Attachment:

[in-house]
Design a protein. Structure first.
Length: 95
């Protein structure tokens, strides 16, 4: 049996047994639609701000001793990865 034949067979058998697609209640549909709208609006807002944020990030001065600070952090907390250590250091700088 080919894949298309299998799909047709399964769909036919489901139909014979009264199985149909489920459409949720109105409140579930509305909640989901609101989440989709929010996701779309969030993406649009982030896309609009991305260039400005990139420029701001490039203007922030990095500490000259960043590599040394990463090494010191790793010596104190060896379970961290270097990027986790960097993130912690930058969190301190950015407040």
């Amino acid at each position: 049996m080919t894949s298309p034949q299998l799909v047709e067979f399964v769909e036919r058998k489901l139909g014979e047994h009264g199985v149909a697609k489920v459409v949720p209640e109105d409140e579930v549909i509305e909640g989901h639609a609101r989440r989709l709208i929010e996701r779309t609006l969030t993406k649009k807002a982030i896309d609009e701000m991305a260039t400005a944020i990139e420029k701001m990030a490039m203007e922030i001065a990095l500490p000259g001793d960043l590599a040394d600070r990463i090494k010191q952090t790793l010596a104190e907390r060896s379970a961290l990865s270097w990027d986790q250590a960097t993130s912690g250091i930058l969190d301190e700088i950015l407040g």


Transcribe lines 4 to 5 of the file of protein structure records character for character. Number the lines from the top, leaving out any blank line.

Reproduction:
């Protein structure tokens, strides 16, 4: 049996047994639609701000001793990865 034949067979058998697609209640549909709208609006807002944020990030001065600070952090907390250590250091700088 080919894949298309299998799909047709399964769909036919489901139909014979009264199985149909489920459409949720109105409140579930509305909640989901609101989440989709929010996701779309969030993406649009982030896309609009991305260039400005990139420029701001490039203007922030990095500490000259960043590599040394990463090494010191790793010596104190060896379970961290270097990027986790960097993130912690930058969190301190950015407040």
């Amino acid at each position: 049996m080919t894949s298309p034949q299998l799909v047709e067979f399964v769909e036919r058998k489901l139909g014979e047994h009264g199985v149909a697609k489920v459409v949720p209640e109105d409140e579930v549909i509305e909640g989901h639609a609101r989440r989709l709208i929010e996701r779309t609006l969030t993406k649009k807002a982030i896309d609009e701000m991305a260039t400005a944020i990139e420029k701001m990030a490039m203007e922030i001065a990095l500490p000259g001793d960043l590599a040394d600070r990463i090494k010191q952090t790793l010596a104190e907390r060896s379970a961290l990865s270097w990027d986790q250590a960097t993130s912690g250091i930058l969190d301190e700088i950015l407040g």